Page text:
If I have your history right, you started playing guitar during the Type O era, and it was actually Peter who got you into that.
Yeah, totally. First of all, this goes back to 1983. I met Peter then because I started taking drum lessons from Louie Beato, the drummer in Carnivore. He was nine years older than me, and so was Peter. I was still a little kid when they were like 19 or 21. Louie took me under his wing like I was his little brother. He started taking me to Carnivore rehearsals. At that time, [guitarist] Keith Alexander was in the band, and they were rehearsing in Peter’s basement. Peter took a liking to me, like I was the little guy who hung out with them. I was just like, ‘Wow, man! This guy is amazing!’ He just was already an amazing musician back then. You just saw the theory, the talent. When I was in Type O, he made me such a good musician. He made me such a good drummer just by working with hm. He would write a lot of the Type O songs on guitar. He was originally a guitarist before he was a bassist. Back in the [pre-Carnivore band] Fallout days, he was playing guitar at first, then they needed a bassist and he switched over. It was all unintentional back then. He never wanted to be a singer, and then they couldn’t find a singer and he started singing.
|Repulsion (pre-Type O Negative) demo, 1990|
He was a huge influence; I loved the way he played and the way he wrote things, and I kept on absorbing. In like ’90, I bought a bass and started playing on bass first. Then, I bought a guitar and started playing that. Even though I was becoming an accomplished drummer where I had already done [the first Type O Negative album] Slow, Deep and Hard and we were getting ready to do the other stuff, I was at home jamming on my shit – just playing guitar. That’s how it started. In the mid ’90s, I got a four-track and started recording. I start pushing myself to learn how to write songs. I knew that one of the most important things aside from knowing the instrument was to develop the ear and learn how to piece together and orchestrate music. In the early days, I would stay through the whole studio session. It wasn’t like I’d do my drums and leave and not come back. I would stay until the record was done, and I would watch how Josh and Peter worked and orchestrated things. I would watch how Peter would come in the next morning with crazy ideas. Not only was he a friend from the neighborhood, but he was a mentor musically to me.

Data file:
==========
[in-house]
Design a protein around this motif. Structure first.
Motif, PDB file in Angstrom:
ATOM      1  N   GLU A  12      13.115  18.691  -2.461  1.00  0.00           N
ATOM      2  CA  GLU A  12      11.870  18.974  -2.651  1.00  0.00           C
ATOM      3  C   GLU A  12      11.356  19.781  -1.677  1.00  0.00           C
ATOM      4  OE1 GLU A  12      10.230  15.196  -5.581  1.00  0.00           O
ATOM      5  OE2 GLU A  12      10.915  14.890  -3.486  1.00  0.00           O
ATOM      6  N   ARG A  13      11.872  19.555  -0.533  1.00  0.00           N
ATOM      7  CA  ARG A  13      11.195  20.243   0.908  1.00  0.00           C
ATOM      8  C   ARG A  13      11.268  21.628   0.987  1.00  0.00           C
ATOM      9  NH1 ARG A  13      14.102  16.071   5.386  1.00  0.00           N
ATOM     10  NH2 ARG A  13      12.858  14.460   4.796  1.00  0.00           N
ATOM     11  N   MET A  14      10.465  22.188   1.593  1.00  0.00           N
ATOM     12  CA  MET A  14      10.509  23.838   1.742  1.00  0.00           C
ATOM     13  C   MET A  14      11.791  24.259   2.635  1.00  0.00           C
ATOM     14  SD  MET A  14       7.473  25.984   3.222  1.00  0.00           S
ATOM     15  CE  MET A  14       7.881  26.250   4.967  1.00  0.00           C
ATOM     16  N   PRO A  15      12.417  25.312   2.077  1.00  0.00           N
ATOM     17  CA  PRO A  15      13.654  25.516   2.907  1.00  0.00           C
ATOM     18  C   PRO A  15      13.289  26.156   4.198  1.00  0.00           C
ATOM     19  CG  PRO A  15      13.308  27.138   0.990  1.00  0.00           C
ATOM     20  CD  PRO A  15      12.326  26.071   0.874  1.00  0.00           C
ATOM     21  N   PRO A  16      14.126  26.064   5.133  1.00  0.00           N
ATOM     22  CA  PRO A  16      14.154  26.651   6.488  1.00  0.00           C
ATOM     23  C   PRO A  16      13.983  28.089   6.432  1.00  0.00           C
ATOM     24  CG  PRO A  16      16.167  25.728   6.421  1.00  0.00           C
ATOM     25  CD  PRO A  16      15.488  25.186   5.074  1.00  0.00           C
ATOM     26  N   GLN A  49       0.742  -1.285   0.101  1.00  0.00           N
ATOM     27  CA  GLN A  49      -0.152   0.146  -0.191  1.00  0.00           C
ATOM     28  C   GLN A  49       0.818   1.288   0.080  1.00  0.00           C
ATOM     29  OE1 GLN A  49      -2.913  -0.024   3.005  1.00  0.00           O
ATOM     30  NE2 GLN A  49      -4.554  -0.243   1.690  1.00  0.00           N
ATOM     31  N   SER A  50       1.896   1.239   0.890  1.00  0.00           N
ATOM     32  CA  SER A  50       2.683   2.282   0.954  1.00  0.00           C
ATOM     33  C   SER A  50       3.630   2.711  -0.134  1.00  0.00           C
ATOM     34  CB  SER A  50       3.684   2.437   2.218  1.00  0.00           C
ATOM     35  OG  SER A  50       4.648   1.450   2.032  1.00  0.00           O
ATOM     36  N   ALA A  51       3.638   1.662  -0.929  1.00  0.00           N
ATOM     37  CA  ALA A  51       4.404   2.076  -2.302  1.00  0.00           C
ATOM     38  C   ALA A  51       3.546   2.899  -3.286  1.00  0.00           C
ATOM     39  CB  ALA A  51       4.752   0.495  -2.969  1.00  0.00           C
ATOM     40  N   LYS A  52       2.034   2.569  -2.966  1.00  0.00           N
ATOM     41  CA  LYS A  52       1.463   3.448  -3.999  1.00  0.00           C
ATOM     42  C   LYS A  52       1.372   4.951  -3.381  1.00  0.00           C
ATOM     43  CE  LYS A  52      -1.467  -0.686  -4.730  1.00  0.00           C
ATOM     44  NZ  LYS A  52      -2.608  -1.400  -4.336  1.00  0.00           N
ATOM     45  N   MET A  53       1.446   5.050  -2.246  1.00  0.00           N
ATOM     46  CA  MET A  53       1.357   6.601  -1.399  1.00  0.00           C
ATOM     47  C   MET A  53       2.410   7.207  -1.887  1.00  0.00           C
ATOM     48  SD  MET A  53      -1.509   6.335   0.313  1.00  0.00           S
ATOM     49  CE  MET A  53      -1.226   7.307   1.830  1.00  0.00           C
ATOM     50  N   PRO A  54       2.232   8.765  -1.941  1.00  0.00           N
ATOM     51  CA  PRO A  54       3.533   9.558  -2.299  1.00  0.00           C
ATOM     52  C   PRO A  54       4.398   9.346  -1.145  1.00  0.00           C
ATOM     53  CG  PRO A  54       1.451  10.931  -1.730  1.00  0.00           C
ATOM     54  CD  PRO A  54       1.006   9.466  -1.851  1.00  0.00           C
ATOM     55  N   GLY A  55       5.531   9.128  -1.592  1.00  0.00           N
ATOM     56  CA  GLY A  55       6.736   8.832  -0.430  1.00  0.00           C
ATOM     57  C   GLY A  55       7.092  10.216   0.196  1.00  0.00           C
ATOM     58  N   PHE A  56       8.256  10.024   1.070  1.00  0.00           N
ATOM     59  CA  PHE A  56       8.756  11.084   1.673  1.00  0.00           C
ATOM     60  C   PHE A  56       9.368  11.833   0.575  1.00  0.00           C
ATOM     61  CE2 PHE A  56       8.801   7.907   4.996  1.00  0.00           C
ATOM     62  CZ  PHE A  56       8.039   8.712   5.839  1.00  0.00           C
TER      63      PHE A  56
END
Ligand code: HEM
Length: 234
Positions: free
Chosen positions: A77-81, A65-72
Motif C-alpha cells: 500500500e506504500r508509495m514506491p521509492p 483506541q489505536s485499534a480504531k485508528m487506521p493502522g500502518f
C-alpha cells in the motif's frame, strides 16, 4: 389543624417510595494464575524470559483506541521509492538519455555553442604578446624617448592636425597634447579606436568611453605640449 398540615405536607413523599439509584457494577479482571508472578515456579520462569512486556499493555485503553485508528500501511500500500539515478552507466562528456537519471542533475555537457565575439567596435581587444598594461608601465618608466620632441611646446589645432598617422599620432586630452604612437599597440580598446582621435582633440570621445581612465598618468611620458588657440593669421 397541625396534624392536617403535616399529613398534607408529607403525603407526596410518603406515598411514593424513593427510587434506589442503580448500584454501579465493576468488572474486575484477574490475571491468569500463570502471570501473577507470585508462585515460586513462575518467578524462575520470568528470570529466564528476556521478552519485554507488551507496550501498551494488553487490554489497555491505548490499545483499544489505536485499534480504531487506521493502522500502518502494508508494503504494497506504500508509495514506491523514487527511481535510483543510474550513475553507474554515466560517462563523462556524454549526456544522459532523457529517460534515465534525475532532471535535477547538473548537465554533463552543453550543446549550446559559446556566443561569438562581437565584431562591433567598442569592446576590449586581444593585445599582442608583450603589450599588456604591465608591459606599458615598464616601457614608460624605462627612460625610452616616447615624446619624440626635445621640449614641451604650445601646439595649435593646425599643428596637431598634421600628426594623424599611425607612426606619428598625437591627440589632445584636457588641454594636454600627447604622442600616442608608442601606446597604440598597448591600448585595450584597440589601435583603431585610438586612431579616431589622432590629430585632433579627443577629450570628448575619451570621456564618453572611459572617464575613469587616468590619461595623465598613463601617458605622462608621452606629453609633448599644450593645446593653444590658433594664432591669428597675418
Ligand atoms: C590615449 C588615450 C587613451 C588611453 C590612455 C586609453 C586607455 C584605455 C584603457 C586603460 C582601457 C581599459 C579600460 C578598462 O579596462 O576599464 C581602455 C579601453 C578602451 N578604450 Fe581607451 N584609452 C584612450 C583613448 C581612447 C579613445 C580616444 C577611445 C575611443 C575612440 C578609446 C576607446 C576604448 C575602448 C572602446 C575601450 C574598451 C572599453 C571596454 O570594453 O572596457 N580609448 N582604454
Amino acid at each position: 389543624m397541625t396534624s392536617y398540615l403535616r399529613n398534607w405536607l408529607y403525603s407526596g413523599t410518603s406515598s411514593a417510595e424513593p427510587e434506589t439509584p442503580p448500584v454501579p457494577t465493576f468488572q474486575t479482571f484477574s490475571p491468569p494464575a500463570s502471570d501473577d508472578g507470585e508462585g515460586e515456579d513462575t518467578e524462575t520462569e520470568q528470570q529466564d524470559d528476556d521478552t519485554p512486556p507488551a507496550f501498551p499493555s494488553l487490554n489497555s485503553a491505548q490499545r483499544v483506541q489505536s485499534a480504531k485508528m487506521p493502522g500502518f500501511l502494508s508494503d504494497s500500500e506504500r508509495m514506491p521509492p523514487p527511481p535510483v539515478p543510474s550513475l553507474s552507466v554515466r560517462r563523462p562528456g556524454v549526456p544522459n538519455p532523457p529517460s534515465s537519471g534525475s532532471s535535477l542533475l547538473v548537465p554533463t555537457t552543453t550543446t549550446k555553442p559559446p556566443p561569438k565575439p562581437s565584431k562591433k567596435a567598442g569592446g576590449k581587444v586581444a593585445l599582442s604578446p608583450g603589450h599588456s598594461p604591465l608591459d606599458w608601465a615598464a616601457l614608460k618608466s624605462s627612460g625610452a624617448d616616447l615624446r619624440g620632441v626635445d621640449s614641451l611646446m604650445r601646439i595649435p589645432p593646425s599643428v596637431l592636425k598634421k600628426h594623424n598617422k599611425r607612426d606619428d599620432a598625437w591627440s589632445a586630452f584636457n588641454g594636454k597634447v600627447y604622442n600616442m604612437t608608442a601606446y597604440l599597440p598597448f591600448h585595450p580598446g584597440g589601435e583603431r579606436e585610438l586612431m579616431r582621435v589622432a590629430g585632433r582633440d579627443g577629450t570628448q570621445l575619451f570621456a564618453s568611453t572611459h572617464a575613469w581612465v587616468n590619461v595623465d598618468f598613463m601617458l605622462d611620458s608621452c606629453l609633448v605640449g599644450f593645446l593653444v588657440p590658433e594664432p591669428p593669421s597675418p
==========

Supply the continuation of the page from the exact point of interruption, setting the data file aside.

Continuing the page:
But then I quit the band. I was frustrated; I was also young. I was 23 and a half. When I recorded Bloody Kisses, I was still 22 turning 23. You can imagine when you’re at that age; you’re young, dumb and full of you-know-what. You think you’re a hotshot and you know it all. We would butt heads a lot. I wanted to tour a lot, and [Peter] was very scared to make the jump. I got really frustrated. That same year, I did River Runs Red for Life of Agony. They had a lot of touring ahead of them. At that age, I just wanted to leave town; I wanted to go on the road and get that experience. I did two tours with Type O, but it seemed to put a sour taste in Peter’s mouth. So, I left. But I still came in and out, watched him and watched what he did. I still listened to and absorbed what he was doing. I also started focusing on other writers, like Paul McCartney, John Lennon, Geezer Butler and Tony Iommi. I just started analyzing and dissecting their stuff in my mind. It was a self-taught kind of thing; aside from reading drum music, I’m not really fluent with sheet music. It’s all in my head; it’s all natural.